Pasquale is beside himself when Malatesta offers him the hand of his docile sister Sophronia, but little does he know that this delicate bride is none other than Norina, Ernesto’s beloved, in disguise. Before the ink can dry on their false marriage contract, Norina turns into a demanding shrew and terrorizes Pasquale unceasingly until he abandons any hope of marital bliss. Eventually, the young lovers are ultimately reunited, everyone is reconciled, and all join in proclaiming the opera’s wry moral: Only trouble awaits the old man who weds a young wife.

As the curmudgeonly Pasquale, rotund Italian baritone Ambrogio Maestri returned to the Met after past triumphs as the scheming Doctor Dulcamara in “L’elisir d’amore” and the buffoonish title character in Verdi’s “Falstaff.” A “maestro” of farce, Maestri brings impeccable timing and telling facial expressions to every outsized character he plays and excels at patter singing, a hallmark of Italian comic opera during which long lines of text are declaimed at great speed.

Making an exciting Met debut, soprano Eleonora Buratto conveyed Norina’s dual sweetness and cunning with lustrous timbre and dynamic physicality. Early on, the top of her range tended to get away from her, but as the evening progressed, she focused her tone and offered pure, creamy singing. Hers is a voice that will undoubtedly become rounded and more secure with time, but even on this occasion, she managed to blend nicely with her colleagues.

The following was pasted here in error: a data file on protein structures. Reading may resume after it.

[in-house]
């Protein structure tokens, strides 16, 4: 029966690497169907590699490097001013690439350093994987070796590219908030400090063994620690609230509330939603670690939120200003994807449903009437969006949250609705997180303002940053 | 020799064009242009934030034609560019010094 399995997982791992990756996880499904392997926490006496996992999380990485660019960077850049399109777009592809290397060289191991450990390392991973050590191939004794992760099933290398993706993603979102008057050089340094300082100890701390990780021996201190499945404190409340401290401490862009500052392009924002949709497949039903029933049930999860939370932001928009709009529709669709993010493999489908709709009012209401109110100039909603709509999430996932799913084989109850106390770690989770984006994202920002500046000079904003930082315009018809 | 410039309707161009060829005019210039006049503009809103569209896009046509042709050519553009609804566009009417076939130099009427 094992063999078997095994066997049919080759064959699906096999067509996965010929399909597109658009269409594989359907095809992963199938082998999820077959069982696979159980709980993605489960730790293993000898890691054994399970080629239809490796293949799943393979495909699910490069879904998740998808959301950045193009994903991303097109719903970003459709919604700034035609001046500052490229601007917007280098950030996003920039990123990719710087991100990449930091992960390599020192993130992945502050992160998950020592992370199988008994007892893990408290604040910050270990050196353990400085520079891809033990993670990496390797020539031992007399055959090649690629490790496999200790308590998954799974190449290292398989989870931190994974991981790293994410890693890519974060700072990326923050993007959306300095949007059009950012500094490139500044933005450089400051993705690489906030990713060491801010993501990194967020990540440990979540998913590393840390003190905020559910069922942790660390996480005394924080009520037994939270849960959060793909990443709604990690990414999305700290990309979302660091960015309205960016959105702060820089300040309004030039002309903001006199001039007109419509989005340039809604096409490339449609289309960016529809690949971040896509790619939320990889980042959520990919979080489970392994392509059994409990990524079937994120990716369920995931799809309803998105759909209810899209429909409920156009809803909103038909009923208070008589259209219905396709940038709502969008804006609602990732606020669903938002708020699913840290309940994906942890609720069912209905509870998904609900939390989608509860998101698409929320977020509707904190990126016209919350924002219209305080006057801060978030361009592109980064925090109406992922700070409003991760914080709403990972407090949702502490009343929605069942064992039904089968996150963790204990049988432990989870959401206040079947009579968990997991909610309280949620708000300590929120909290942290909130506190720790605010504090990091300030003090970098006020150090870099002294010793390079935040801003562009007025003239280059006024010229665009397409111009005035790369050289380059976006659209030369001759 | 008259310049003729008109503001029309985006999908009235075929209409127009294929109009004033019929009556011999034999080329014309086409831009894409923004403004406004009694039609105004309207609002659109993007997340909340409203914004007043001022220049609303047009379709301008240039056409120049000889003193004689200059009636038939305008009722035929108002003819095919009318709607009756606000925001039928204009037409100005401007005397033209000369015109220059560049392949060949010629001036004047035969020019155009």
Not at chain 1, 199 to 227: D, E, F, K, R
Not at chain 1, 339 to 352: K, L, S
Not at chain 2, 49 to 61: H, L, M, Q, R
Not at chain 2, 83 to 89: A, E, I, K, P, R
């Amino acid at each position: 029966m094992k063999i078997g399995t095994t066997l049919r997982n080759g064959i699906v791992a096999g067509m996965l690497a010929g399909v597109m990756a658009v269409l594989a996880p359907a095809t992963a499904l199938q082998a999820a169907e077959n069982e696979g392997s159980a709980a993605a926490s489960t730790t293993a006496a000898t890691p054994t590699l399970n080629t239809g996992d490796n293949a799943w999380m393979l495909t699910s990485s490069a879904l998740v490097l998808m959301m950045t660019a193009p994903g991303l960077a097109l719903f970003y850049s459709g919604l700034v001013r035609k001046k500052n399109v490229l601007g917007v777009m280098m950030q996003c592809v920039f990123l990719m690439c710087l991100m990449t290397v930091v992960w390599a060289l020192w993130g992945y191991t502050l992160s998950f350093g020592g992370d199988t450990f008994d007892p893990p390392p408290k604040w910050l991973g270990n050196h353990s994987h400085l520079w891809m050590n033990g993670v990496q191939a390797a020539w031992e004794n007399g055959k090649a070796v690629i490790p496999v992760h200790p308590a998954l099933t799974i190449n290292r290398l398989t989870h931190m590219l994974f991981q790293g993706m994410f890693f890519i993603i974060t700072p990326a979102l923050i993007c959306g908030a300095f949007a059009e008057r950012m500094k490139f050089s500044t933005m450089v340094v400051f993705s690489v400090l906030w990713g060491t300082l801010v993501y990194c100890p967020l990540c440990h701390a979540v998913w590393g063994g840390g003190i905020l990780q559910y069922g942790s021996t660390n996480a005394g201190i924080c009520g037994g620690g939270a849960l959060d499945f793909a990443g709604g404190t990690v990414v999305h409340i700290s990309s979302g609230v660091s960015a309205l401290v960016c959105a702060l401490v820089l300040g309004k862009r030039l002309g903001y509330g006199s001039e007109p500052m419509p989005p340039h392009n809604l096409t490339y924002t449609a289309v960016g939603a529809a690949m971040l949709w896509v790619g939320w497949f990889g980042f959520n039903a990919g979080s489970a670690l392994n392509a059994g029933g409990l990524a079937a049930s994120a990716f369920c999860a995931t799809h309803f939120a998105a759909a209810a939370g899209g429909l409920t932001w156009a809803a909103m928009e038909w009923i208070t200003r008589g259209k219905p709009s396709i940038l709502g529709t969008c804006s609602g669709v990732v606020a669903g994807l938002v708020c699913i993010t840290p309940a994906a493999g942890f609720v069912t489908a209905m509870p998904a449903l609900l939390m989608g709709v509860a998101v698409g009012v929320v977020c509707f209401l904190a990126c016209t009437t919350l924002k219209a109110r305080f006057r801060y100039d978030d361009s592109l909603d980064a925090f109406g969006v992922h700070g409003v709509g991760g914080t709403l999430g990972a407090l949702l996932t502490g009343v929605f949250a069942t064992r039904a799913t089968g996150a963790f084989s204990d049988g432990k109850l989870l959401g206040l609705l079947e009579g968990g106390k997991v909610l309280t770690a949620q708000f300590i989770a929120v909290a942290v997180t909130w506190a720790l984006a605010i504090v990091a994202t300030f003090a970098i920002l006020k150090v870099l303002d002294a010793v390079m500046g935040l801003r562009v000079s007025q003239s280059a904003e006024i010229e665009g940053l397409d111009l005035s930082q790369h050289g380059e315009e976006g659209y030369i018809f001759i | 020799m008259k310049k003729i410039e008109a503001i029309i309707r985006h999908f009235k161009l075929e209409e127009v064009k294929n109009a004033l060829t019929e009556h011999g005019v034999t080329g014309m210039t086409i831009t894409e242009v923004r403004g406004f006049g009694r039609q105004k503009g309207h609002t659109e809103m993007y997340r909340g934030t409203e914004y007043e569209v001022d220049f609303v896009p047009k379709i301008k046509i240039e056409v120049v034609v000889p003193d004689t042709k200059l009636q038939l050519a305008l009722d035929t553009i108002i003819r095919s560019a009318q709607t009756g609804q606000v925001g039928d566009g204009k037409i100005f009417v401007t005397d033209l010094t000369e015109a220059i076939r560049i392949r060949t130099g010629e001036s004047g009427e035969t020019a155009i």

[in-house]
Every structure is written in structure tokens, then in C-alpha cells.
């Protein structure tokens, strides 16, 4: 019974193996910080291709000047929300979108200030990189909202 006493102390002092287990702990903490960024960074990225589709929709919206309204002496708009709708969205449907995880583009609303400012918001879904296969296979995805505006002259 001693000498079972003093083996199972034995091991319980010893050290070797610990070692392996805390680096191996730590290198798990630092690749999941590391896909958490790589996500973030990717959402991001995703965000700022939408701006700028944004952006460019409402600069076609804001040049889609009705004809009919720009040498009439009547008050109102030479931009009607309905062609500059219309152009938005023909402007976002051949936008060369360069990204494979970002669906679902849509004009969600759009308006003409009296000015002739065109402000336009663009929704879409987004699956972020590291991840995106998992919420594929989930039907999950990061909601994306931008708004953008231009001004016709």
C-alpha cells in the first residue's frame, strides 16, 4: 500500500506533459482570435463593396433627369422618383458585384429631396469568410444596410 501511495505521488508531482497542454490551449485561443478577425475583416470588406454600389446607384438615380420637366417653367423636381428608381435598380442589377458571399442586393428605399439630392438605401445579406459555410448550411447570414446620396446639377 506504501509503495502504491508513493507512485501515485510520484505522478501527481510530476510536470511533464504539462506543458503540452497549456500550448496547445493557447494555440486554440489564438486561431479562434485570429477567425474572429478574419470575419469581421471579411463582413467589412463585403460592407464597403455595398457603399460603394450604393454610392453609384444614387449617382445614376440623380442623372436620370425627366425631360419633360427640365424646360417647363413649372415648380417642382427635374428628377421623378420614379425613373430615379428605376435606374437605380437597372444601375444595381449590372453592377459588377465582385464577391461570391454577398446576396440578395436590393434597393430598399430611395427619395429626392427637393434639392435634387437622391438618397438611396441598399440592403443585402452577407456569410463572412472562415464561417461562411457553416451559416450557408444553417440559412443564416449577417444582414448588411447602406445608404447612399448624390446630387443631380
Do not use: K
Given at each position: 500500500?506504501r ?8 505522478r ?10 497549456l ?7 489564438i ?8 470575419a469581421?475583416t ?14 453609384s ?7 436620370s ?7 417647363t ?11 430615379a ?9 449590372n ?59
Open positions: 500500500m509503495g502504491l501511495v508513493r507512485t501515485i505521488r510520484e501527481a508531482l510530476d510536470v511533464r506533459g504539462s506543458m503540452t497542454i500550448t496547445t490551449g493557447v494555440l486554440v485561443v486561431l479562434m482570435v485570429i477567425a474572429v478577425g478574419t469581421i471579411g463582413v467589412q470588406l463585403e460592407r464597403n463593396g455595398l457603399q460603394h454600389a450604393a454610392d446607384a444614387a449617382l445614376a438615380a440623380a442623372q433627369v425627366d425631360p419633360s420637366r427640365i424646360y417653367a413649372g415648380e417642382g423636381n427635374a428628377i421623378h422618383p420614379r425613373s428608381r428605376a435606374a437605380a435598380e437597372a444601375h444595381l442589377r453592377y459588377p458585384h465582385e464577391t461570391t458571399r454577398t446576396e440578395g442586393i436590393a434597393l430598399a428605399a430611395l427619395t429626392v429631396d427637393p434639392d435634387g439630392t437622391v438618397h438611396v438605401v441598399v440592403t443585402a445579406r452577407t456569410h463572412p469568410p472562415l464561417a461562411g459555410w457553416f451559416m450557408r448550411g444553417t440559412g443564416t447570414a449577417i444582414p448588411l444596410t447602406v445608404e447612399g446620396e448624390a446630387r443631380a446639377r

Rising Mexican tenor Javier Camarena played Ernesto, lending his supple instrument to yet another successful interpretation of beloved Bel Canto character. In this repertoire, there is often a risk that a tenor’s bright tone can grate on the ear, but Camarena’s warm, heartfelt voice and masterfully fluid phrasing always ensure great lyricism. The prolonged applause he received after his Act 2 aria “Povero Ernesto” was well deserved.

Rounding out the ensemble, Levente Molnár brought spirited panache to his portrayal of Malatesta, not only matching his colleagues’ winning stage presence and rapid-fire singing, but also bringing a rich depth to more expressive moments. On the podium, conductor Marizio Bennini evoked spirited color and Italianate style from the orchestra and chorus, though his pacing often got ahead of the action onstage, forcing the singers to struggle to keep up with the accelerated tempi.

While we await the end of winter’s chill, the lovable antics of “Don Pasquale” should warm the hearts of Columbia students desperately seeking an escape from impending midterms.

Performances of Donizetti’s Don Pasquale continue through March 18, with this Saturday’s matinee performance being broadcast live on WQXR 105.9FM. More information can be found online at metopera.org

Last night, Columbia University No Budget Sketch Show (CUSS) released their newest video, “Shmasterpieces of Western Lit: The Odyssey,” a video showcasing an overview of Homer’s Odyssey… from a different point of view.

Watch the video below.

Want to feature your club’s updates here? Email submissions@columbialion.com